Coronavirus Market Panic and Opportunity

Worsening coronavirus or COVID-19 news drove a 12.4% decline in the Dow Jones Industrial Average, last week, erasing $5 trillion in global equity market value. This COVID-19 market panic was exacerbated by both China’s news suppression and the virus’s suspicious Wuhan lab origin; and further amplified by the news–stock market reaction–feedback loop. Historic market panics like this offer a rare opportunity for those investors who can distinguish between the price of an investment and the value of that investment.

While COVID19 and its full economic impact remain unclear, there is a compelling investment case to buy closed-end midstream MLP funds because their earnings and distribution risk is negligible. We are buying Kayne Anderson MLP Investment Company (KYN) for our clients because it just dropped 30% resulting in a 13% yield and a 10% discount to NAV. Since MLPs process and transfer energy within the United States, the economic slowdown from COVID19 should have a negligible impact on MLP’s utility like cashflows. Once this panic subsides and money flows stop going into US Treasuries, money flows will turn to stable higher yield vehicles like midstream energy MLP funds like KYN. The chart below of KYN shows its 30% decline since mid-January.

For decades, MLPs have traded in line with bonds, due to their stable utility like cashflows. However, during market selloffs, MLPs are sold like stocks and are among the first assets to rebound due to their noncyclical cashflows. The spread between Alerian MLP Index yield versus 10-year US Treasury note shows this market behavior. As of Friday’s close, the spread MLP to Treasury spread was 10% and only exceeded by the 2008 Financial Crisis. Even in the event of a pandemic inspired global recession, this unfolding event unlikely to be as bad as the Financial Crisis.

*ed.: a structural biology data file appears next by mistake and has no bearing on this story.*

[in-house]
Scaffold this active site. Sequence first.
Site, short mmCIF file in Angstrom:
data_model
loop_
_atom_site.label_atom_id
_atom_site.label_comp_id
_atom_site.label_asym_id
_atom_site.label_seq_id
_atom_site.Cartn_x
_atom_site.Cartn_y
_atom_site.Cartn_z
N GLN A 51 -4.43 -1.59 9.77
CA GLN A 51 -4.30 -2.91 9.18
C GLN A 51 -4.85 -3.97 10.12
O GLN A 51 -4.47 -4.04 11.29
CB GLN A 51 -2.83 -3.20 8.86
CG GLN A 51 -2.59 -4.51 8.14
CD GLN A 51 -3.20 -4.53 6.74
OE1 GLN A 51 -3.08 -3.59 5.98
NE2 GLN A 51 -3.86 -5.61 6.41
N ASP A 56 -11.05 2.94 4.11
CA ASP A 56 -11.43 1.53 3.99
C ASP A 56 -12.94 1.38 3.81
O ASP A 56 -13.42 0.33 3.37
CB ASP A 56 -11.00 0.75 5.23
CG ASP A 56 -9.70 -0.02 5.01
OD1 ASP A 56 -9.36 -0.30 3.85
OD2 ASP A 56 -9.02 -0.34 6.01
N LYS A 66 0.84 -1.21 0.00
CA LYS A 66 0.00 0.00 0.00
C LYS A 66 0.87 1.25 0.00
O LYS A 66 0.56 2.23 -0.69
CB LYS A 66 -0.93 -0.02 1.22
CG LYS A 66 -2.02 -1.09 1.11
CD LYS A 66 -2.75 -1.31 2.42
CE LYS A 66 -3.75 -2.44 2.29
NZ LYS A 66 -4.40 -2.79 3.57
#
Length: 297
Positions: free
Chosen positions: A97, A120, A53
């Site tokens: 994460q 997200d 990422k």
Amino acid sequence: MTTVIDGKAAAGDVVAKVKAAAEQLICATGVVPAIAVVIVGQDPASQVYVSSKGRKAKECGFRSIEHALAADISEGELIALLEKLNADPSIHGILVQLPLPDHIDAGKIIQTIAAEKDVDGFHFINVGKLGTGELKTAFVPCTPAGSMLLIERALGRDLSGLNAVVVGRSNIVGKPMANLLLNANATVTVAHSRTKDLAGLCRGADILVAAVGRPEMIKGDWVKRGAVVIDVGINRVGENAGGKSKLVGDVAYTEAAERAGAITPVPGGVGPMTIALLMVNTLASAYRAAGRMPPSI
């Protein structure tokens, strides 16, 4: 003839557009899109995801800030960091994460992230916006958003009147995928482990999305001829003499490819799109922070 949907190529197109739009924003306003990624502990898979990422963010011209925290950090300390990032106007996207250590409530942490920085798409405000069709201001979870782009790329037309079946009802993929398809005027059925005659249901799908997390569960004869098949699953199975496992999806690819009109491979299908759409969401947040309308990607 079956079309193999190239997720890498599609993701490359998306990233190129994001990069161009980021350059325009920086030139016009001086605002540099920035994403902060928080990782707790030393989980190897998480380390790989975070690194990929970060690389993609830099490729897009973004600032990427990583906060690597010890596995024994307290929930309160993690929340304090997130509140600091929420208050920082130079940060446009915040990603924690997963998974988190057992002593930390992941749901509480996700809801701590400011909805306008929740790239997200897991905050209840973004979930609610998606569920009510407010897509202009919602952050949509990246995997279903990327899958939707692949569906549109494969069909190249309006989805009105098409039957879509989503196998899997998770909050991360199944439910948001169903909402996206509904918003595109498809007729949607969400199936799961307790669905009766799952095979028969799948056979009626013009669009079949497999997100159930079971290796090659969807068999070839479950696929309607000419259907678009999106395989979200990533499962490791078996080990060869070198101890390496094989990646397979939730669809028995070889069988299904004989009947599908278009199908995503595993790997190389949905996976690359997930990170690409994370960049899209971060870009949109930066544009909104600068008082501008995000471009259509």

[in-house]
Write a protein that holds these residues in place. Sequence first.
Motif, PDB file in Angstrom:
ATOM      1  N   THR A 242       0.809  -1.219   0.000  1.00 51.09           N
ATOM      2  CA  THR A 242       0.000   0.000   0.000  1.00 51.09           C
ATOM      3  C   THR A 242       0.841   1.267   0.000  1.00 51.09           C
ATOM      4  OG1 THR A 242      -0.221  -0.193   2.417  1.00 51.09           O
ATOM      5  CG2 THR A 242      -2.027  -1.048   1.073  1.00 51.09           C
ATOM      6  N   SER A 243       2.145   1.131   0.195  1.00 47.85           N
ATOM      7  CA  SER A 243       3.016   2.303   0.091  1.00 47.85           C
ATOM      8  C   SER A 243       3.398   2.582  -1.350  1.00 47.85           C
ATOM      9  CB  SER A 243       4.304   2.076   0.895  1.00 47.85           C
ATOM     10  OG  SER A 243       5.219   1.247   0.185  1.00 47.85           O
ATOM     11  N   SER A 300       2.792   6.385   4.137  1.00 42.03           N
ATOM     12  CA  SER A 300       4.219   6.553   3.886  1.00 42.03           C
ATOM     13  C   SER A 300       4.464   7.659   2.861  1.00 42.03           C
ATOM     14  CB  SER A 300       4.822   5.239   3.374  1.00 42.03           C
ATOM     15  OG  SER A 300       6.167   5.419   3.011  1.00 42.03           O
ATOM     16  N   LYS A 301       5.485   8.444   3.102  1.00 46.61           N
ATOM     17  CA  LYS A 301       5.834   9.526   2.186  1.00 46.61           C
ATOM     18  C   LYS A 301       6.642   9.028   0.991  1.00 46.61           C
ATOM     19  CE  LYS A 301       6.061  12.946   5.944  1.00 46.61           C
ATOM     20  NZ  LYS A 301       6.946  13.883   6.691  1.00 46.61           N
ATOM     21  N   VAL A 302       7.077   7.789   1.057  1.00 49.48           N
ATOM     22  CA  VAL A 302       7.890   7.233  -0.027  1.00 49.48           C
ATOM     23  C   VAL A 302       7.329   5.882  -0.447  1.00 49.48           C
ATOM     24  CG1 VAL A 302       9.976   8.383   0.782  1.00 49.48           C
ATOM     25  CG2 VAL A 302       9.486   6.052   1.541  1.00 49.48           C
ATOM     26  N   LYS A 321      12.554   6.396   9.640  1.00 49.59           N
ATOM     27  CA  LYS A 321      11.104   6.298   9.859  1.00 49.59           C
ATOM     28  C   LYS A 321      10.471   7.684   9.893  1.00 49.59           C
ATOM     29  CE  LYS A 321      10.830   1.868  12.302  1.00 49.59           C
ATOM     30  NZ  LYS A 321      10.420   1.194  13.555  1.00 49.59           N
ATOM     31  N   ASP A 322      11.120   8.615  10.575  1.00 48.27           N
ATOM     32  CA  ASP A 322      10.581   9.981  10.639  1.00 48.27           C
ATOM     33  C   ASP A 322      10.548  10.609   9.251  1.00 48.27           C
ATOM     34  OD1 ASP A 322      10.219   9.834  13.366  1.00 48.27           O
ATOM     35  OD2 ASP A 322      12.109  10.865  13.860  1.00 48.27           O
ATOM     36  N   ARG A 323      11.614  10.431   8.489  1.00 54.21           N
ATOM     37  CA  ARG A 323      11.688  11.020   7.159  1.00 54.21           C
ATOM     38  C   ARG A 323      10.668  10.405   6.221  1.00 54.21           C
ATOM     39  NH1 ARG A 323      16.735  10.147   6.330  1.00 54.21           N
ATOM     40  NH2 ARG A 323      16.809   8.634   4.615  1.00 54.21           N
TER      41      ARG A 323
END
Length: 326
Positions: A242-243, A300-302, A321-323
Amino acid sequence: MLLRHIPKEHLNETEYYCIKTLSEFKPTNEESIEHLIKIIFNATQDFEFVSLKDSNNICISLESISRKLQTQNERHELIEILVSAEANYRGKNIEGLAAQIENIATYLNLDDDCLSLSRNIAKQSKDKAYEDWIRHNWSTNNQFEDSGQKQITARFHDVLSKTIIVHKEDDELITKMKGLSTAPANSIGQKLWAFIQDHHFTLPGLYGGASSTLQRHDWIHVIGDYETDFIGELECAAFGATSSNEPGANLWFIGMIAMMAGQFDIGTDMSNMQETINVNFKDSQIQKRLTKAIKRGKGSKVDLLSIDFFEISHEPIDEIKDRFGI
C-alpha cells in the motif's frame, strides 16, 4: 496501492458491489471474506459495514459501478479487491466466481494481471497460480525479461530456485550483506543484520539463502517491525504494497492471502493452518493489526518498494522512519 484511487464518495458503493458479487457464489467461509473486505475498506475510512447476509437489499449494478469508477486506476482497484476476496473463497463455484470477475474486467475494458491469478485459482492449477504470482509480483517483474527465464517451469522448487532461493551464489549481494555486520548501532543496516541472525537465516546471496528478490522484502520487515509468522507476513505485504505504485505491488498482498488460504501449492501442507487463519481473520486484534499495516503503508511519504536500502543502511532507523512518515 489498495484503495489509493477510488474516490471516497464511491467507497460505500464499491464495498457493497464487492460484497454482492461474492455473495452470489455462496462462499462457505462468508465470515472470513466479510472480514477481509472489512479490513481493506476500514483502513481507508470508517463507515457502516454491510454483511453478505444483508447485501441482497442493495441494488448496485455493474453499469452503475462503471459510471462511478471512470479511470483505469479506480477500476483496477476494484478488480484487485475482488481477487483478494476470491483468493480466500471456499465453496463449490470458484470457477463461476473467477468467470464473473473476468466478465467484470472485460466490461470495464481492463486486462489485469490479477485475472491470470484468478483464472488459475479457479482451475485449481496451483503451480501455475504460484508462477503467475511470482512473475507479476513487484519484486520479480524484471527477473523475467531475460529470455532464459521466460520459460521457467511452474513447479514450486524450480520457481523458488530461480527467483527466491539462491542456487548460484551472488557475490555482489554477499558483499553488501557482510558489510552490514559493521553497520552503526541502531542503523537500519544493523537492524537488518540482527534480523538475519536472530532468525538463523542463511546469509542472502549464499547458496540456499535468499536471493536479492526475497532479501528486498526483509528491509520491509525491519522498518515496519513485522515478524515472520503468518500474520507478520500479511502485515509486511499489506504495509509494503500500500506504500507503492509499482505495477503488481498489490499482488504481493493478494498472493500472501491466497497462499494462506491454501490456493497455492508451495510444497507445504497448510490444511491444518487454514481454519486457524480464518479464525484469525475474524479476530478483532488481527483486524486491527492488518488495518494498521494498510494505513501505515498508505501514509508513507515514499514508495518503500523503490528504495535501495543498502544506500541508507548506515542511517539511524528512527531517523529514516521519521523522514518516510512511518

Source: Yahoo Finance

Only during the financial crisis of 2008, when Lehman Brother’s collapsed along with Fannie Mae, Freddie Mac, and other major financial institutions, and the 1987 market crash, when the Dow Jones Industrial Average declined 22% on October 19th, has the market priced in more frightening scenarios than it does today. This current intense market decline is the result of instantaneous computerized trading to COVID-19 news. The economic risks now reflected in the equity markets are unlikely to be as consequential as the 1987 Crash and 2008 Financial Crisis.

Technical Measures Also Among the Worst

Ari Wald, CFA, CMT at Oppenhiemer shows that this extreme decline ranks among the sharpest since 2010. While past price action cannot predict the future, the study below shows the statistical probabilities of investing in the market now are improving.

Source: Oppenhiemer & Co. and Bloomberg

Fast Money technical analyst Carter Worth believes that markets which decline below a rising moving average are a rare and compelling trading buy. See chart below showing the S&P 500 below the 200 day moving average.

Corona Virus News Last Week—Problem to Pandemic